Lee Lam Thye: Are our laws being enforced fairly?


‘Are our laws being enforced fairly?’

Joshua Purushotman

PETALING JAYA: Are there double standards in our law enforcement? This is the question that Alliance for Safe Community chairman Tan Sri Lee Lam Thye is asking.

He questioned why law enforcement in the case of mat rempit and basikal lajak is weak when action is being taken against drink drivers and those who fail to use seat belts and helmets, when all such cases can end in tragedy.

He was commenting on the case of motorist Sam Ke Ting, who was convicted by the High Court for reckless driving and causing the death of eight teenagers. The case has generated national interest, with many on social media expressing sympathy and support for her. Sam had earlier been acquitted by the magistrate’s court.

“What does this say about our law enforcement? Is it one rule for the goose and another for the gander? All lives matter. And everyone is entitled to equal protection under the law. What about the responsibility of our educators, and are the right values being emphasised as part of our school curriculum?”

Lee said the tragic event of five years ago brought into sharp focus questions concerning road safety, parental responsibility, law enforcement and common sense.

“The court case aside, questions regarding these issues need urgent attention and long-term solutions. The primary issue is how much and whether we will ever learn from this tragedy, and what steps will be taken by the government and society to prevent a recurrence of such incidents.”

Lee said the first question that leaps to mind is why teenagers are drawn to the basikal lajak craze? He said the answer is possibly a natural need for thrills, to expend pent-up energies, and even perhaps kill boredom.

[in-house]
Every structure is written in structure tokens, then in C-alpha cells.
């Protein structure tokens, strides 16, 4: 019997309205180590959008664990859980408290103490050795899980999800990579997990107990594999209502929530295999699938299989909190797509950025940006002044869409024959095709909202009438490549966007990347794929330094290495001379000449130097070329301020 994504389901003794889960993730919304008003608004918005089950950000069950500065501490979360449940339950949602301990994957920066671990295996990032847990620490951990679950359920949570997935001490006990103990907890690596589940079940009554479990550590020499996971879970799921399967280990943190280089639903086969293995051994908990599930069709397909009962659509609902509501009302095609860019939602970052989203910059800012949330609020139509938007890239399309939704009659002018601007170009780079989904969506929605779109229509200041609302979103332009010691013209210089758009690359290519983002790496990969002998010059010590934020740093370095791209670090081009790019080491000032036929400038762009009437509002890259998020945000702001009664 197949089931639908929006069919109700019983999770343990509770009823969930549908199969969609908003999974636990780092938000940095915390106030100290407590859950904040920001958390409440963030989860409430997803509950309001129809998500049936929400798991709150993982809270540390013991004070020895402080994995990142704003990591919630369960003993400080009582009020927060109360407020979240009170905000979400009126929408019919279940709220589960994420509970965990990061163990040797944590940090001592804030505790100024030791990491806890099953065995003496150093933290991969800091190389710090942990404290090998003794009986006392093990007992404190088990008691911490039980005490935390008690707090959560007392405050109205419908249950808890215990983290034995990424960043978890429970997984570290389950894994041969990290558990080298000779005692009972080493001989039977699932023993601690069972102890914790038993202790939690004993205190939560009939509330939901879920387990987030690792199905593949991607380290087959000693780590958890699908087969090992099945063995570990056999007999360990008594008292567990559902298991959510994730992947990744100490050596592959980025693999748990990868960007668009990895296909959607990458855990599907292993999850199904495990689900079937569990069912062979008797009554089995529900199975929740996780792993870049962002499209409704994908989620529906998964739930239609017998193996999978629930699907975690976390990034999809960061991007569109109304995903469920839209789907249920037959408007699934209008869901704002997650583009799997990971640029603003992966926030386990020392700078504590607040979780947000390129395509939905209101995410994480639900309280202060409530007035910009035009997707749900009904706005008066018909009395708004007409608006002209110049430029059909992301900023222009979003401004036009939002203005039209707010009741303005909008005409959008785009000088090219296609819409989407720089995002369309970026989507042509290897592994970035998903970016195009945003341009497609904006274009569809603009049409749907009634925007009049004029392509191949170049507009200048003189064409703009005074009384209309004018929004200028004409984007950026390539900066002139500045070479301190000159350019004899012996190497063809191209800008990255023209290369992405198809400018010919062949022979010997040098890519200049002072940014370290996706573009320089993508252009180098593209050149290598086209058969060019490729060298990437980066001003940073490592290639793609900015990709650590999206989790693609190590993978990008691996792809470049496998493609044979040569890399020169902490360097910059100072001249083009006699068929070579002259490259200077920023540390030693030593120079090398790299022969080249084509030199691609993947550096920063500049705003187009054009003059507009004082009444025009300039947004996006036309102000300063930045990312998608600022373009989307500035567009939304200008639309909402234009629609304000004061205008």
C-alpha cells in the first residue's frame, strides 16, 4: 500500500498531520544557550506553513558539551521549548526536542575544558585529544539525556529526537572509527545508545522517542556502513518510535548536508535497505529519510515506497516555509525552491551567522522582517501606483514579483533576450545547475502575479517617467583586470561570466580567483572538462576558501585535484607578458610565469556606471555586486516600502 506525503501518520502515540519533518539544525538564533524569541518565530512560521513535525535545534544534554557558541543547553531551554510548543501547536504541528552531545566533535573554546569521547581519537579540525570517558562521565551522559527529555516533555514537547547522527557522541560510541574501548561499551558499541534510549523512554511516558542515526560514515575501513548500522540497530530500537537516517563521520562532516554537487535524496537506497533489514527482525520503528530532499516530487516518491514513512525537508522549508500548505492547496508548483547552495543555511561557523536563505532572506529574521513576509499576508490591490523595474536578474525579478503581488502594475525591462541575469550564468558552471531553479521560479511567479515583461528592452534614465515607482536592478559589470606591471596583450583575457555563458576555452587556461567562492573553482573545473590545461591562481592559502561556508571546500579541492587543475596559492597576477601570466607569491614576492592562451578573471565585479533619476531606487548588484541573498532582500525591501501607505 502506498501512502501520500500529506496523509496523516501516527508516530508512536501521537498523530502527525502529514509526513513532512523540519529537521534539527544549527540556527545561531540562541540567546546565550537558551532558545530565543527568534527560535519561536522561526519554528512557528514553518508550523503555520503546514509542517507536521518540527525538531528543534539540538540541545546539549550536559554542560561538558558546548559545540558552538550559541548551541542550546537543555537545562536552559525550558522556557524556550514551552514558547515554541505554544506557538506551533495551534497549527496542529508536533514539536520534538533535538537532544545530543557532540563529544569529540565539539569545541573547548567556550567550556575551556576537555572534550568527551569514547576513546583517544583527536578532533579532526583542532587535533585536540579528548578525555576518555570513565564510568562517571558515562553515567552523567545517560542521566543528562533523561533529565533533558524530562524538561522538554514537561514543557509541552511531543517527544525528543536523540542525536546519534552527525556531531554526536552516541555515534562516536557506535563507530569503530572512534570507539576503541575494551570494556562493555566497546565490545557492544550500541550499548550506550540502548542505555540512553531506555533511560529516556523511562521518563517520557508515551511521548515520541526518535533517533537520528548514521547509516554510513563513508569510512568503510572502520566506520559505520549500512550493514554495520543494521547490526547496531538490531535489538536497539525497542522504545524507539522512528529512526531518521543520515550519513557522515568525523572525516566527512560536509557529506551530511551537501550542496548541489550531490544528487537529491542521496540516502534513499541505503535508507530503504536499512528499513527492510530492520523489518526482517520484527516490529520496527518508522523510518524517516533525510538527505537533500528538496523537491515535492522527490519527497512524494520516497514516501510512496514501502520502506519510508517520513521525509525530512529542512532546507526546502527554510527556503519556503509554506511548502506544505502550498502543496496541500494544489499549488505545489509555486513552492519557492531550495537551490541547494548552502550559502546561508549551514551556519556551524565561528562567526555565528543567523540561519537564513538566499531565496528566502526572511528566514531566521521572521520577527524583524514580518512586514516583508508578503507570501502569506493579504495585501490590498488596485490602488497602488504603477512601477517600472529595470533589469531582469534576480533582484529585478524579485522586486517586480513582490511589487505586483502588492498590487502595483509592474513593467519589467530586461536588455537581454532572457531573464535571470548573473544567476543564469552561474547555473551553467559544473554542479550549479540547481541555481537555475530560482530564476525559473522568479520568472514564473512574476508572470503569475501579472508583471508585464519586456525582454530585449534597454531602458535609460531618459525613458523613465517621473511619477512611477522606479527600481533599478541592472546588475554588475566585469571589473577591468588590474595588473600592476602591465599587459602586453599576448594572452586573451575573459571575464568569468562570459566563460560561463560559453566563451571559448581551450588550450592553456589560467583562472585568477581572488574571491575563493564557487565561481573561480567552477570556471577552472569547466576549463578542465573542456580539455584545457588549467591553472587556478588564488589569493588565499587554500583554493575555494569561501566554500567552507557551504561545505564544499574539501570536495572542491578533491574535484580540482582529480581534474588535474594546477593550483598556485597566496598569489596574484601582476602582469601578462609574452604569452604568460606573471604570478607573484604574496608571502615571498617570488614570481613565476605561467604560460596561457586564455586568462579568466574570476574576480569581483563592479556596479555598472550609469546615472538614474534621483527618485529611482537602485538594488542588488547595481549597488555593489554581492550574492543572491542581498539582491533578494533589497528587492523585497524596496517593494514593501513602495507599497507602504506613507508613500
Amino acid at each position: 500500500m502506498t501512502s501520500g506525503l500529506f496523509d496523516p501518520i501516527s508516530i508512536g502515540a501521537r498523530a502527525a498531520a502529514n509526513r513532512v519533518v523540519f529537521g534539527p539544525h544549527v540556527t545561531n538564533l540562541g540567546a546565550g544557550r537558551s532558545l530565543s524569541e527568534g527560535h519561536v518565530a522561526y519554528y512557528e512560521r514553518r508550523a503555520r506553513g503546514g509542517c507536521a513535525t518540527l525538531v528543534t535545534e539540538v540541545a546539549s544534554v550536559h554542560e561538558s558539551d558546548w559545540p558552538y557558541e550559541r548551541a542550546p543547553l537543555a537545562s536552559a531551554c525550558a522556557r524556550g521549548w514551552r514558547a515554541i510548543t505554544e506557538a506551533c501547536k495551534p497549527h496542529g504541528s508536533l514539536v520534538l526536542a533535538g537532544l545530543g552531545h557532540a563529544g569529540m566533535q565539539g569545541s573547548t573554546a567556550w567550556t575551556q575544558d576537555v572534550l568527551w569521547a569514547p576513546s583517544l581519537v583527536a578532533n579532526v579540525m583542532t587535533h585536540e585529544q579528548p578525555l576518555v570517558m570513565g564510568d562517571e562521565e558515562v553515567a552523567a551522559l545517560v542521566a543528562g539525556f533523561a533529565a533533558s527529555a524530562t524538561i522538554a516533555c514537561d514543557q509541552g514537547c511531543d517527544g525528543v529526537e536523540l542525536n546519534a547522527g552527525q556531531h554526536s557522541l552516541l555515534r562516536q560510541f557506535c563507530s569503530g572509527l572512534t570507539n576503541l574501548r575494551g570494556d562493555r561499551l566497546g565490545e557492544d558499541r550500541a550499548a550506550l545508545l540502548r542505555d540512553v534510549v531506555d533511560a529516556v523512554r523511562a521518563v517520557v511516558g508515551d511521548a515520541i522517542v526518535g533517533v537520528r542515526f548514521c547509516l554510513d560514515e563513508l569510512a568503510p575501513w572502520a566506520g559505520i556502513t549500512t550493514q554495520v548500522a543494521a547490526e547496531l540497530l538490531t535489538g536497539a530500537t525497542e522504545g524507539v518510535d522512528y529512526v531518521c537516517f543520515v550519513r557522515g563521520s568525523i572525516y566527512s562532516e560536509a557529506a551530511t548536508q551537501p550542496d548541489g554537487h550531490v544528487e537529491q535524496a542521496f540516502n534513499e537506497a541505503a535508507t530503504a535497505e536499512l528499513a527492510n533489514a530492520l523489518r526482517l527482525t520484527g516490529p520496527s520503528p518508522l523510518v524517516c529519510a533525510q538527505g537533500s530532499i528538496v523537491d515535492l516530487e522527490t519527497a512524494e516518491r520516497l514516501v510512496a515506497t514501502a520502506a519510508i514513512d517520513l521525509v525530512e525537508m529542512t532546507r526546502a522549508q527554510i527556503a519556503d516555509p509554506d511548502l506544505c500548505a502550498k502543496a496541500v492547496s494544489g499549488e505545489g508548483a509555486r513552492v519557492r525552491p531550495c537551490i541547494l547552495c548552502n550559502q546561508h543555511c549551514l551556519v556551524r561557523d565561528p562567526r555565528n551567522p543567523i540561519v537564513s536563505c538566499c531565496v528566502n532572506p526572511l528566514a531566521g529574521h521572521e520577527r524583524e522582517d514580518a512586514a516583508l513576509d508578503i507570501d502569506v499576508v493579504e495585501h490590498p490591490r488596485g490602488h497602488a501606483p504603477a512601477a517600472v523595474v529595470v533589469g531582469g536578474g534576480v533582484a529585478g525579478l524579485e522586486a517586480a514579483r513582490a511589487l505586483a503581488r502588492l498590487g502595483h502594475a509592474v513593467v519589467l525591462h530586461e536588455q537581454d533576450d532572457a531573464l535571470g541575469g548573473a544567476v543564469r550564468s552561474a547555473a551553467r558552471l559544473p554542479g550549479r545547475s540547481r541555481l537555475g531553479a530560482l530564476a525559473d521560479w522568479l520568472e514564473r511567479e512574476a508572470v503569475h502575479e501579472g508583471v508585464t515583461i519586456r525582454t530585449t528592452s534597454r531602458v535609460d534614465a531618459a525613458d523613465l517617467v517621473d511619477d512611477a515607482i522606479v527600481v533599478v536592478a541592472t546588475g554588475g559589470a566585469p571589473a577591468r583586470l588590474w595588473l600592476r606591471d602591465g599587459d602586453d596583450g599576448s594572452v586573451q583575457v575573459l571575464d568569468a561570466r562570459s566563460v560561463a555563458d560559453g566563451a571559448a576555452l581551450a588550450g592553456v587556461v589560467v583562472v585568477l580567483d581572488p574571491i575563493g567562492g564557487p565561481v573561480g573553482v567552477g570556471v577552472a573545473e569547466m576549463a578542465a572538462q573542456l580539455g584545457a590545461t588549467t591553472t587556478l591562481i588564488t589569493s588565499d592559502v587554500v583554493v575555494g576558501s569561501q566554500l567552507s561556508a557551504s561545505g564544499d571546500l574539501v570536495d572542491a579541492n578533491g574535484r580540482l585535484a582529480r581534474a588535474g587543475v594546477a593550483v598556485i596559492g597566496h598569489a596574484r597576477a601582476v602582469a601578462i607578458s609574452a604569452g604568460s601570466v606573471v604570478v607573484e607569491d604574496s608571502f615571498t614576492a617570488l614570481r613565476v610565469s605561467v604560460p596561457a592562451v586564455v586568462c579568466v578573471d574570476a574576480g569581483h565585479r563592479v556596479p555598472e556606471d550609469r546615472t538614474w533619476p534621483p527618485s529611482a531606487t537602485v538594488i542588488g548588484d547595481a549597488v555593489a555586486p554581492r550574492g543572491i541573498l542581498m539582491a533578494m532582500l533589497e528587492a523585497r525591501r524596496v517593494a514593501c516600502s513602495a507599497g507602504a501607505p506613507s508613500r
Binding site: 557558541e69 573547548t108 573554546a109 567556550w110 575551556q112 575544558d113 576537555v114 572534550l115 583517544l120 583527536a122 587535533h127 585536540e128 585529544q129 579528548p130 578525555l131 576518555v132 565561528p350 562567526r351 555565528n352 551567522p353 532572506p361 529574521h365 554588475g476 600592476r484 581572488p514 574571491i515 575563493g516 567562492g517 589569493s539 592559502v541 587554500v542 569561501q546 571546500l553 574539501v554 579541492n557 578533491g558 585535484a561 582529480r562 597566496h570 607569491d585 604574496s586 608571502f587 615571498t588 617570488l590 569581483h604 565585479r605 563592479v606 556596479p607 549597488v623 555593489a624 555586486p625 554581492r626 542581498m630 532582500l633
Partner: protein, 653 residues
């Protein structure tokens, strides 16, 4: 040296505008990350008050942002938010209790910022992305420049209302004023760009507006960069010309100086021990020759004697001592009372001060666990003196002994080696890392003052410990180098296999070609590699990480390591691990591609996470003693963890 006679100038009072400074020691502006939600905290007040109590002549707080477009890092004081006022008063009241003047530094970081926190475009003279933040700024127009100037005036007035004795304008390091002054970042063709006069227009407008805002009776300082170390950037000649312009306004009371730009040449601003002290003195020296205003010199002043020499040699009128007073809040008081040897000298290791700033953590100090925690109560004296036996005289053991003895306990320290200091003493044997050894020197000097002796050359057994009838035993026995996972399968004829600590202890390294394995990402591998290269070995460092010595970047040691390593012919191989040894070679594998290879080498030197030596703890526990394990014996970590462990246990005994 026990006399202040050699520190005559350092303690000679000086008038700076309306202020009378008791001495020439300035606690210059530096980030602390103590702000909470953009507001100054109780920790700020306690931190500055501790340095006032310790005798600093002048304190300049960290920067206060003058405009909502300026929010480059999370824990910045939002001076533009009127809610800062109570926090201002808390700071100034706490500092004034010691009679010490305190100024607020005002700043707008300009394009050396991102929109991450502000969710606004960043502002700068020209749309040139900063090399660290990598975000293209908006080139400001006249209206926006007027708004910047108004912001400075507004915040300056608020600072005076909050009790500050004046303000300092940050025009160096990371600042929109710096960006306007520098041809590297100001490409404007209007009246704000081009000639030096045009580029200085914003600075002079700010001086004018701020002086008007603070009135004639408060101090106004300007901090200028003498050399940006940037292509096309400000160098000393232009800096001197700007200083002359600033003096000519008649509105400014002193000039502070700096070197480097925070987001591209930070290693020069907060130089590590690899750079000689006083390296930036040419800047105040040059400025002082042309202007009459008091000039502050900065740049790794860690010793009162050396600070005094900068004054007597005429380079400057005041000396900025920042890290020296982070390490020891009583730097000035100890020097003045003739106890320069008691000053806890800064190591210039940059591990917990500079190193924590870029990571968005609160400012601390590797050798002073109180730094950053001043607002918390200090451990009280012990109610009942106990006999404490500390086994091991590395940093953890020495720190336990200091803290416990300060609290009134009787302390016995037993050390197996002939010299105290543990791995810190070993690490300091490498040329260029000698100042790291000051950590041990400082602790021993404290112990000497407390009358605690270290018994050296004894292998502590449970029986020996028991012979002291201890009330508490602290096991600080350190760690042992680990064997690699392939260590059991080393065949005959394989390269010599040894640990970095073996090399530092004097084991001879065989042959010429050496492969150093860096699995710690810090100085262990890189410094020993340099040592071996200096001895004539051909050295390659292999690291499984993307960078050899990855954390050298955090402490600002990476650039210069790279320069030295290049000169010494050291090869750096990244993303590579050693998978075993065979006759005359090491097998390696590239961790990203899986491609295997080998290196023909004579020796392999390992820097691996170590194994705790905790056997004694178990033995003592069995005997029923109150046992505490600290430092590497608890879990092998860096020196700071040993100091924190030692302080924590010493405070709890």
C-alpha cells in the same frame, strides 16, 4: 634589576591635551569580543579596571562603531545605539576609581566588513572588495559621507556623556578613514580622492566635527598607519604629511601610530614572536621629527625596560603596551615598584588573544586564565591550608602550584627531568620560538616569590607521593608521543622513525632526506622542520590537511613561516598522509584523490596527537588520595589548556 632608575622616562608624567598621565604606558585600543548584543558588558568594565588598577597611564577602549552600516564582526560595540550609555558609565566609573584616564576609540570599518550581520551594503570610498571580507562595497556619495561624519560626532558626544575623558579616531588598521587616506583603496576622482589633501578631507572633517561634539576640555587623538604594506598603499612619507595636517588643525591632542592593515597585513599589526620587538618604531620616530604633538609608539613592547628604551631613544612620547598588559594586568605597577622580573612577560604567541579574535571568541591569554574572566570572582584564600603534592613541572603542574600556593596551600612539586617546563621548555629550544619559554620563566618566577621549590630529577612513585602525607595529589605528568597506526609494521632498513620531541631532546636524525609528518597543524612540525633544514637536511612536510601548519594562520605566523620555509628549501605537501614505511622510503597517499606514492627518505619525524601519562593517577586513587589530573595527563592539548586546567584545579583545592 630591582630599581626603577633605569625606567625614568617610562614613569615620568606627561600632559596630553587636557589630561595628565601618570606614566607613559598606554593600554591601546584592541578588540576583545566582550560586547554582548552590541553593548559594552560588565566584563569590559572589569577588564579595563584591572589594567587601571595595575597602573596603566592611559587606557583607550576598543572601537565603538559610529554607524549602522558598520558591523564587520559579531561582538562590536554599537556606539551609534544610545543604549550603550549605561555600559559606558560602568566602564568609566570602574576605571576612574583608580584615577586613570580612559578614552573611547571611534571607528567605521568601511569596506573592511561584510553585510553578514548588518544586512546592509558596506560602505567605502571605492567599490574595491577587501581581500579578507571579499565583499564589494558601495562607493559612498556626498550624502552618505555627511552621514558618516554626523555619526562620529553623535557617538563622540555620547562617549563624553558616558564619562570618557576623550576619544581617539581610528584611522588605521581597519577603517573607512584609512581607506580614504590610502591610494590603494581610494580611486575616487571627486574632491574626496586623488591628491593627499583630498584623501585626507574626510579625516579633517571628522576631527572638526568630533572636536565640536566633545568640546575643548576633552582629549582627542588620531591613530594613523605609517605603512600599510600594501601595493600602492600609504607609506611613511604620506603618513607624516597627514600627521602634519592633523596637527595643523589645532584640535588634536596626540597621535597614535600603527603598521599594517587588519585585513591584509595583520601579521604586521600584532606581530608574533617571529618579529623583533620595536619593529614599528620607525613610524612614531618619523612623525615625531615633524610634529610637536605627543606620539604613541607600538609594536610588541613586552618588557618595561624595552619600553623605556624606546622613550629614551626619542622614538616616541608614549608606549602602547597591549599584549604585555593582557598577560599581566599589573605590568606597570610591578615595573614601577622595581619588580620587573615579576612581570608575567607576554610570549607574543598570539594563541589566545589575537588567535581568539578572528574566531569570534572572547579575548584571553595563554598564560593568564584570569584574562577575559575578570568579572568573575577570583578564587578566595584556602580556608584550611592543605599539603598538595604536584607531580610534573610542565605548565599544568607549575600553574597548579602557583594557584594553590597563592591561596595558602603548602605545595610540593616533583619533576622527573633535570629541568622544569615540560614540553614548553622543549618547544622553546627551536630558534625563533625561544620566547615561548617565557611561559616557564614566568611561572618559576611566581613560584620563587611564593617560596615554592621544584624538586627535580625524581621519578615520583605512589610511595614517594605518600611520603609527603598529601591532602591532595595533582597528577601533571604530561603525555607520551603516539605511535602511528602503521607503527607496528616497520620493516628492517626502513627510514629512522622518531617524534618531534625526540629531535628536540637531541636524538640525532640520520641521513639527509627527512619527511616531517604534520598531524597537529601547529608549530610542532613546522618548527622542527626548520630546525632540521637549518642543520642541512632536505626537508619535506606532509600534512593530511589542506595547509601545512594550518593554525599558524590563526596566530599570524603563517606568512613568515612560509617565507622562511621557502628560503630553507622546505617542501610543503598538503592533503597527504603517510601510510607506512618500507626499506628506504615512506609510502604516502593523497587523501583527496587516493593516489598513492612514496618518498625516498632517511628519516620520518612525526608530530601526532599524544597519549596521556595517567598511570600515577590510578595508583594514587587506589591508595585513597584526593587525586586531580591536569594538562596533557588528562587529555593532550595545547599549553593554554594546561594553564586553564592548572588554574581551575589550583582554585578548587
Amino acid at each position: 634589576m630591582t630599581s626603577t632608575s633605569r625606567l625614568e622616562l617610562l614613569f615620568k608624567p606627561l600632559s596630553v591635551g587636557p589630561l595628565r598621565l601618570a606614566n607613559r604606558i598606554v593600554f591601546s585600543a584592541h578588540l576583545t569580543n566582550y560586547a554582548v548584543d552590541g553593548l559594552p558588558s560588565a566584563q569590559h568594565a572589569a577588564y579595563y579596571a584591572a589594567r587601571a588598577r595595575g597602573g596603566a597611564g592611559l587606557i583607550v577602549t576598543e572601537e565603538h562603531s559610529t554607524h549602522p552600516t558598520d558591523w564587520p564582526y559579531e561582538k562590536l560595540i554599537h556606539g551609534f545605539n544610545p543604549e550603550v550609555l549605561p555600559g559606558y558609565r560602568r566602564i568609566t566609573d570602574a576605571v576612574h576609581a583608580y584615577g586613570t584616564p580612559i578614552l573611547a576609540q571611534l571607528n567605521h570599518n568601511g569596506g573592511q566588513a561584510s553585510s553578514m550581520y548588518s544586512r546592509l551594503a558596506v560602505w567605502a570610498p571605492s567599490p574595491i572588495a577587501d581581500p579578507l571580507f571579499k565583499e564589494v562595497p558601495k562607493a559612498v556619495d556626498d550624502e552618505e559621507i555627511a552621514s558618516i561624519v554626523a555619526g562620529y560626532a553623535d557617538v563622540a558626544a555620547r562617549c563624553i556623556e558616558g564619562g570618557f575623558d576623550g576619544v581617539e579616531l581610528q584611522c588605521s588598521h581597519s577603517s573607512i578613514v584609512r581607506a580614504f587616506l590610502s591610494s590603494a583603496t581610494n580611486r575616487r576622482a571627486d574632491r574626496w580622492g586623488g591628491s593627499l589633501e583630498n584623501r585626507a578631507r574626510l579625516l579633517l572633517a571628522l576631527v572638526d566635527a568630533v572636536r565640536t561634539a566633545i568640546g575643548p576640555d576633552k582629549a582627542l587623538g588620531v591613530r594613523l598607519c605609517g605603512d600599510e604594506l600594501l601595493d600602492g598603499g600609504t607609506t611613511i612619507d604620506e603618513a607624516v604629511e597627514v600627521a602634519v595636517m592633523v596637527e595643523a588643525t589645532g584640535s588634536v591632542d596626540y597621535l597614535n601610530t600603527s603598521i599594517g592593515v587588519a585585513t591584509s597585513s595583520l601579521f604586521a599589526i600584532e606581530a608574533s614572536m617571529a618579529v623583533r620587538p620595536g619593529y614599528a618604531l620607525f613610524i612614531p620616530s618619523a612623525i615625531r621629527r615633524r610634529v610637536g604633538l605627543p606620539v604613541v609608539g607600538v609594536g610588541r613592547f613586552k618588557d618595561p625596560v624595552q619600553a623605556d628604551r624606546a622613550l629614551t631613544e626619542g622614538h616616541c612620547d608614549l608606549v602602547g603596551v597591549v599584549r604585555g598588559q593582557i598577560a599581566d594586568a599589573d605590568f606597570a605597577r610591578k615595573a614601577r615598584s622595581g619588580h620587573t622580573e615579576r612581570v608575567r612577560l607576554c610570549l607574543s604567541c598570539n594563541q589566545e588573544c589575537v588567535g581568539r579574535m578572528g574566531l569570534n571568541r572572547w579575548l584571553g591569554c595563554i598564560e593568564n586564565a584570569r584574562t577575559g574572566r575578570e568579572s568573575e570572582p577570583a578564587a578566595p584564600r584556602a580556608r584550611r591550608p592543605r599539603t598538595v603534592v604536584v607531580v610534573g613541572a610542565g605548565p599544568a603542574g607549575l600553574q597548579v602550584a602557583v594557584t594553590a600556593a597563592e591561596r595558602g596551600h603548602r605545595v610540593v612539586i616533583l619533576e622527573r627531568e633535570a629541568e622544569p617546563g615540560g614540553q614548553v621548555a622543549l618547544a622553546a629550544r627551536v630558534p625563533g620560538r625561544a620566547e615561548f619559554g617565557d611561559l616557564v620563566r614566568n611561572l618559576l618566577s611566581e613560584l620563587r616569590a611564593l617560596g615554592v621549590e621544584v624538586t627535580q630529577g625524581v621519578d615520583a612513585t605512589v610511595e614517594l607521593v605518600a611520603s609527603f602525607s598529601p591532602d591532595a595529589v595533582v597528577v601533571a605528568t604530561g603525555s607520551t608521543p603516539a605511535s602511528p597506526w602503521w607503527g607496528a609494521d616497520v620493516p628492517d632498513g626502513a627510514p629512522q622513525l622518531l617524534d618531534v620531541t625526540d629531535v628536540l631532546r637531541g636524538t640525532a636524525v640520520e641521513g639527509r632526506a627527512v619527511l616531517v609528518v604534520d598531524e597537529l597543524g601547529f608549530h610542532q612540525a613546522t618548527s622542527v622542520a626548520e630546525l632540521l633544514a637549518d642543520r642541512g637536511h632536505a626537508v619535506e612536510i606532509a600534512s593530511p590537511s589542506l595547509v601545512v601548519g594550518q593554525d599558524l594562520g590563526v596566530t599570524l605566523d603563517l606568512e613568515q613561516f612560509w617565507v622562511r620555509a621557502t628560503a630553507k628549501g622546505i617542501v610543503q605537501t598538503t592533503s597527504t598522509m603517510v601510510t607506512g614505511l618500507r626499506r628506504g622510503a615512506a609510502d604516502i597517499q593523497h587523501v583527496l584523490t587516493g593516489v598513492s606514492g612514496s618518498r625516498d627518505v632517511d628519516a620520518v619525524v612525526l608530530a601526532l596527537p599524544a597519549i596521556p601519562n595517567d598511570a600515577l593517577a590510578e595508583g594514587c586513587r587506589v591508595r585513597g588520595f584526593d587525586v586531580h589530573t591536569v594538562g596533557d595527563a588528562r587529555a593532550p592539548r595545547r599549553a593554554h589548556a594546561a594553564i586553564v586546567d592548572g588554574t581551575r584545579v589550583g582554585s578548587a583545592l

“But does the end justify the means? The simple answer is no, especially not if the activities are harmful to others. It has been proven time and again that teenagers resorting to such activities are a danger to themselves and others. They (the activities) unnecessarily drain the resources of law enforcers.

“When children become a danger to themselves, the responsibility for them lies with their parents, who are supposed to ensure their safety. If their parents do not exercise their responsibilities, shouldn’t they be held accountable?”

Lee said most basikal lajak accidents occurred during the early morning hours when the riders’ parents were safe at home while their children were in danger elsewhere.

“It’s no use crying over spilt milk and a little too late to close the barn door after the horse has bolted. We need preventive measures now. And this starts with parents. Shouldn’t the irresponsible parents be held responsible as well?

“Perhaps our law enforcers should consider hauling parents to court if their children behave in ways that put themselves and others at risk,” Lee said.

He added that when some parents were asked why they did not discipline their children, they said it was to avoid causing them (the children) stress.

“Is it better to avoid giving children stress compared with putting their lives in danger?

“After all the hue and cry over the tragedy, no solutions have been found, reports and recommendations have not been made public and lessons have not been learnt. The situation will soon simmer down and be forgotten until the next big tragedy strikes,” he said.



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